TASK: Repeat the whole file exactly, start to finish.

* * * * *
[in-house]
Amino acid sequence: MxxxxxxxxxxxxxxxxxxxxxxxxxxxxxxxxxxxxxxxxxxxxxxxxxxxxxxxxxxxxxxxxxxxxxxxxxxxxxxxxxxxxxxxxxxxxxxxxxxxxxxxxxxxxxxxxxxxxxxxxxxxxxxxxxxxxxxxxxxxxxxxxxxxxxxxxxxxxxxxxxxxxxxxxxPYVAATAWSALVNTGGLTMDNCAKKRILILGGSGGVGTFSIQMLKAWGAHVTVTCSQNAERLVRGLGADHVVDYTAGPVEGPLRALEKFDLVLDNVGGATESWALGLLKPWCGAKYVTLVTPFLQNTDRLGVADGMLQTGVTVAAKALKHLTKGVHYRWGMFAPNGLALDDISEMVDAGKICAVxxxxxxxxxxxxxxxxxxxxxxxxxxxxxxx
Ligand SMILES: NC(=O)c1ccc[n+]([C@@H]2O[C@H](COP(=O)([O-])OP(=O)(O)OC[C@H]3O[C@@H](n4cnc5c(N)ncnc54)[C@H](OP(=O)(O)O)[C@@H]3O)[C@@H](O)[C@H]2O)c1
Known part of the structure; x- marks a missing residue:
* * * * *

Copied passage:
[in-house]
Amino acid sequence: MxxxxxxxxxxxxxxxxxxxxxxxxxxxxxxxxxxxxxxxxxxxxxxxxxxxxxxxxxxxxxxxxxxxxxxxxxxxxxxxxxxxxxxxxxxxxxxxxxxxxxxxxxxxxxxxxxxxxxxxxxxxxxxxxxxxxxxxxxxxxxxxxxxxxxxxxxxxxxxxxxxxxxxxxxPYVAATAWSALVNTGGLTMDNCAKKRILILGGSGGVGTFSIQMLKAWGAHVTVTCSQNAERLVRGLGADHVVDYTAGPVEGPLRALEKFDLVLDNVGGATESWALGLLKPWCGAKYVTLVTPFLQNTDRLGVADGMLQTGVTVAAKALKHLTKGVHYRWGMFAPNGLALDDISEMVDAGKICAVxxxxxxxxxxxxxxxxxxxxxxxxxxxxxxx
Ligand SMILES: NC(=O)c1ccc[n+]([C@@H]2O[C@H](COP(=O)([O-])OP(=O)(O)OC[C@H]3O[C@@H](n4cnc5c(N)ncnc54)[C@H](OP(=O)(O)O)[C@@H]3O)[C@@H](O)[C@H]2O)c1
Known part of the structure; x- marks a missing residue: